Related to drought resistance, NRCS supports four general categories: irrigation improvement and scheduling, vegetative practices and tillage management. A list of specific water conservation practices supported by California’s NRCS is some 35 items long, many related to ground and surface water depletion and irrigation inefficiency. As described in sections below, some of these approved practices could be relevant to two potentially effective projects on dairies, manure water drip irrigation and ground water recharge.
In addition to the usual EQIP funding, in June of 2021 NRCS announced that California will receive more than $22 million in additional EQIP funding as part of its new pilot Conservation Incentives Contracts (CIC) program. With a 5 year minimum commitment, CIC is envisioned as a stepping-stone between the flagship EQIP program and the comprehensive, whole-farm commitment of the Conservation Stewardship Program, CSP. The window for CIC 2021 funding is short however, with an application deadline of July 22.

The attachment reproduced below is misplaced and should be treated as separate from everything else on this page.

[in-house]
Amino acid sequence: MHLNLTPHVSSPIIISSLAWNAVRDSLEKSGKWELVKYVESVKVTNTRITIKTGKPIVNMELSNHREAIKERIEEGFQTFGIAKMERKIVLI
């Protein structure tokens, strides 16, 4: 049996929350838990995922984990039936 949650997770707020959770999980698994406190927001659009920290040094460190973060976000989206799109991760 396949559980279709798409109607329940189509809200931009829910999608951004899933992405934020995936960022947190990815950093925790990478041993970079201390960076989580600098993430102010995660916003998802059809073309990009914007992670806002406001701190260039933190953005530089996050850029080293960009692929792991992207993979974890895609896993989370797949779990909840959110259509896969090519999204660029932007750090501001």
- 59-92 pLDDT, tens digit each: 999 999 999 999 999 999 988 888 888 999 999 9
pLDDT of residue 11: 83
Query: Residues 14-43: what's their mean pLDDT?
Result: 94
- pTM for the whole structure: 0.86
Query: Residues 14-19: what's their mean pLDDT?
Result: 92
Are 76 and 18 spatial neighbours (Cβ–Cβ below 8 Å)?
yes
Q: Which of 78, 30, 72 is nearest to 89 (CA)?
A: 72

NRCS has offices in all but three California counties and all are taking drought applications. Because of the numerous suites of programs and fund pools, the extensive list of approved practices and the varied eligibility requirements, producers will need assistance in identifying projects that would best fit their farms. Like the FSA, location and contact information for local NRCS offices can be located at the California Service Center Locator site.
Manure Subsurface Drip Irrigation (Manure SDI)